Indy racing loses a star
The stars of the Indy 500 were some of the biggest sports stars in Indiana, from Andretti to Unser of old to Franchitti, Castroneves, Hornish, Kanaan and Wheldon of today.
Wheldon. As you surely have heard, Dan Wheldon lost his life in a crash at the Las Vegas motor speedway over the weekend. The two time winner of the Indy 500 was one of the best drivers in the world. Consider that when he won the 500 in May, he did so on a one race agreement with the owners of his car. He won the race on skill more than equipment. There are few drivers that can make the claim so effectively as Wheldon did.
Wheldon is perhaps the most famous competitor to die in competition since Dale Earnhardt. There haven't been many comparisons between the two, because other than the circumstances of their deaths and their success on the track, there are few similarities. The cars, of course, are different, as well as their nationalities. Earnhardt had a long career, whereas Wheldon's was near it's beginning. Earnhardt was a driver's driver, known for his intimidating style (even called the Intimidator), whereas Wheldon was renown for his charm. Indeed, he was delightful in interviews, and was always comfortable in the traditional Letterman interview after winning the 500. If you liked racing, you liked Earnhardt. You didn't have to enjoy racing to like Wheldon.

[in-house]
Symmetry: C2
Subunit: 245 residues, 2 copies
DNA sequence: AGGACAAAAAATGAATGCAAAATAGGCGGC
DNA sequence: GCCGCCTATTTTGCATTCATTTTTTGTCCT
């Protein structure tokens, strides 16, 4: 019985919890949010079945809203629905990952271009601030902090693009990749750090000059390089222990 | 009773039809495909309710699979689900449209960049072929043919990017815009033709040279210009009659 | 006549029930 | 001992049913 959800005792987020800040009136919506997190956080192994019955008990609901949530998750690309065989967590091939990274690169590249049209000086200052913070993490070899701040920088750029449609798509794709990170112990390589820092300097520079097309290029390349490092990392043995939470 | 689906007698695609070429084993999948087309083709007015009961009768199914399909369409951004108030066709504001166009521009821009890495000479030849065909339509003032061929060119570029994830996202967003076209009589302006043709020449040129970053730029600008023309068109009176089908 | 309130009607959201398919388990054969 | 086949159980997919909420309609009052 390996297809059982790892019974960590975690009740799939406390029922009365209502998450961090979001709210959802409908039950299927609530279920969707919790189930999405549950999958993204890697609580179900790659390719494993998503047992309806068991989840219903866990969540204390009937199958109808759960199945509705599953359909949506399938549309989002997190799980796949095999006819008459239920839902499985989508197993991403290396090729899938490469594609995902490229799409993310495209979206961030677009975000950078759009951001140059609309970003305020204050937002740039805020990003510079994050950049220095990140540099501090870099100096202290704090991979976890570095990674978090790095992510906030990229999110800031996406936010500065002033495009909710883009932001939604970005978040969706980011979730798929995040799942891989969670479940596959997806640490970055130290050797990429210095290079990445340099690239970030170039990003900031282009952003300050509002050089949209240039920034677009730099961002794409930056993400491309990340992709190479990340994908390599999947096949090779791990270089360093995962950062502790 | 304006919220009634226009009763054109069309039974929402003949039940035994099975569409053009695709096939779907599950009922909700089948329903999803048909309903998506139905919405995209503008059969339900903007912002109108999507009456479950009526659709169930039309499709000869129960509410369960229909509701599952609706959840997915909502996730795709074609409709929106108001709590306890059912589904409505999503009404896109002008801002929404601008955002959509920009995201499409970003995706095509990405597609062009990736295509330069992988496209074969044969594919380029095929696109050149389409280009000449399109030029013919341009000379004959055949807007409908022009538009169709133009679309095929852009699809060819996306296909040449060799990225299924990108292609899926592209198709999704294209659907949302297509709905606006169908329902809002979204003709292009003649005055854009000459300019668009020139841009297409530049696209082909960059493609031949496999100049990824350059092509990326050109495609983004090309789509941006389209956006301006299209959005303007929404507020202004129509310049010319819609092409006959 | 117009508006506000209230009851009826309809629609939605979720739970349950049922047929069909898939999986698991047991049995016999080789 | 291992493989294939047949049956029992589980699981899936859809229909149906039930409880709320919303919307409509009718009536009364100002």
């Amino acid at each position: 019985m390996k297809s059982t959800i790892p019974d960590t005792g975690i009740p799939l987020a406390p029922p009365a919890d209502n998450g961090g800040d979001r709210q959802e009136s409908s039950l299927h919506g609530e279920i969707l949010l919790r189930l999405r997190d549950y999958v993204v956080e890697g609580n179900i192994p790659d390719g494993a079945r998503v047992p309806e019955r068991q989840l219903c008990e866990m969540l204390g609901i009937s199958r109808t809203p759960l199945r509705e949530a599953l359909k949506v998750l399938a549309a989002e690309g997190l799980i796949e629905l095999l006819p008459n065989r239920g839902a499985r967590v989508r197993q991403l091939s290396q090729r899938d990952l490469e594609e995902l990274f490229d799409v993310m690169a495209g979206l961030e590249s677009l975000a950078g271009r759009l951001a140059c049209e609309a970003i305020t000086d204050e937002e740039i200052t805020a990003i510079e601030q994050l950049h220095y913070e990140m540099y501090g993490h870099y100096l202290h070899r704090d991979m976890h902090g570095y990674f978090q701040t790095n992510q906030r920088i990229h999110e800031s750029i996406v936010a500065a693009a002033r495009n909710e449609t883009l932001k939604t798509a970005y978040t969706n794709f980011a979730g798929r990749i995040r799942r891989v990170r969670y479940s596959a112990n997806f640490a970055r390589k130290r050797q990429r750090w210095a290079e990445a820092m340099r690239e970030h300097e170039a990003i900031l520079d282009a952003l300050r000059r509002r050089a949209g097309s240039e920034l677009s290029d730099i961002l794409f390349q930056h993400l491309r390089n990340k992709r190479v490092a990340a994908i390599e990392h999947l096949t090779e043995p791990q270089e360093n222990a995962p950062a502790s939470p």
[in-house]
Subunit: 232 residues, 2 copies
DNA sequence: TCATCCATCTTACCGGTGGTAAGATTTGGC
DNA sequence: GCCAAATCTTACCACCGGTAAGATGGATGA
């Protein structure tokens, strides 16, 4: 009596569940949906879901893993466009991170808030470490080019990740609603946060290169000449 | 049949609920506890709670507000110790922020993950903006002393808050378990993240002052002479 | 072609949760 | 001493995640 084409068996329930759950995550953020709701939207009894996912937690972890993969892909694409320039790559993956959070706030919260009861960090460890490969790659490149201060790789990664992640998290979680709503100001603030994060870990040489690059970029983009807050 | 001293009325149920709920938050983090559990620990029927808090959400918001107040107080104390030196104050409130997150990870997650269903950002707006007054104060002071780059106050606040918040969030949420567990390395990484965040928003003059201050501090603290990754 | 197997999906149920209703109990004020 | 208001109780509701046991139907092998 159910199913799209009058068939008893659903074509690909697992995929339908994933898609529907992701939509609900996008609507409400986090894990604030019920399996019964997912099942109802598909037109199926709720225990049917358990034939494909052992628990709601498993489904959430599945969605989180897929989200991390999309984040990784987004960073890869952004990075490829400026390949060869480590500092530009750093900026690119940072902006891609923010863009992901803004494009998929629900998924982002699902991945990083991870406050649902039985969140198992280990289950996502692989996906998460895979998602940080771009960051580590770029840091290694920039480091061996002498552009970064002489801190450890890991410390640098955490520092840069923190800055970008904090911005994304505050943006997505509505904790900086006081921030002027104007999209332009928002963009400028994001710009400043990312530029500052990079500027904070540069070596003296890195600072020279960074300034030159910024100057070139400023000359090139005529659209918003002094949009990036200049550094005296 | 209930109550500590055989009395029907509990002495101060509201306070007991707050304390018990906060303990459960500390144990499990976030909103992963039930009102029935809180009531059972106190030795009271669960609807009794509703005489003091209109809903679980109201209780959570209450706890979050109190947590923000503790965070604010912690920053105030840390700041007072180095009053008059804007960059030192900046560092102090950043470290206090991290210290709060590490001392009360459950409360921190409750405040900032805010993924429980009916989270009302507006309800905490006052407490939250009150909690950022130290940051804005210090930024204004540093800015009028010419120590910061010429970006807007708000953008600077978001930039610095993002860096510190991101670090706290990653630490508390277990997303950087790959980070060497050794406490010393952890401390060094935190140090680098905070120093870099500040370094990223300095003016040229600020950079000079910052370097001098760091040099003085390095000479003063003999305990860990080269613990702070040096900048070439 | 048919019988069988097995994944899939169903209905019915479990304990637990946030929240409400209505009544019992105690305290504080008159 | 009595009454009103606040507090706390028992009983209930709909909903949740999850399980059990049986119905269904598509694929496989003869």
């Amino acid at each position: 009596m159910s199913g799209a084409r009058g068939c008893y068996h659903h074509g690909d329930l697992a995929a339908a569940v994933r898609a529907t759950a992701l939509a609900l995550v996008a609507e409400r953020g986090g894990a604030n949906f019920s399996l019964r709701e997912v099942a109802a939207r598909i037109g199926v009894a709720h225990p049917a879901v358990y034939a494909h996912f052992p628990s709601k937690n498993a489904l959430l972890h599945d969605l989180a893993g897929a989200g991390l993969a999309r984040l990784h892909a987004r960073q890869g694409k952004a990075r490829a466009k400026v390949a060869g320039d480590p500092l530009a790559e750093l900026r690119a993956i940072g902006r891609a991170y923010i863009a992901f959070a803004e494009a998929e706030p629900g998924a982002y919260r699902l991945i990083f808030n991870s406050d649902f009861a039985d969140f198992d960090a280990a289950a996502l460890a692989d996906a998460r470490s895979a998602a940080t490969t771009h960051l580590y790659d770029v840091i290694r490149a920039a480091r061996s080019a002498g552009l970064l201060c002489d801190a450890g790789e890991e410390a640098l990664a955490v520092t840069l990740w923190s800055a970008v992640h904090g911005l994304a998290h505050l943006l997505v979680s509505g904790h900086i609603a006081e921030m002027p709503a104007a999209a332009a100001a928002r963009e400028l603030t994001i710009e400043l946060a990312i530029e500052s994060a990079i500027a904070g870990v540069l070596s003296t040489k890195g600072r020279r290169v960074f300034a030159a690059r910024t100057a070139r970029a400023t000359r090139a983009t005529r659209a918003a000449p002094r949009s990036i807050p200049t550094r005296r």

I heard a quote soon after Wheldon's death was announced. "It has been said that racing and boxing are the only real sports cause the specter of death hangs over them, and everything else is a game." Of course, there are others who feel that anything without a ball is not a sport. If you ask me, however, it will definitely take balls to get back in the car next May.
RIP, Dan Wheldon.
RIP, Dan Wheldon.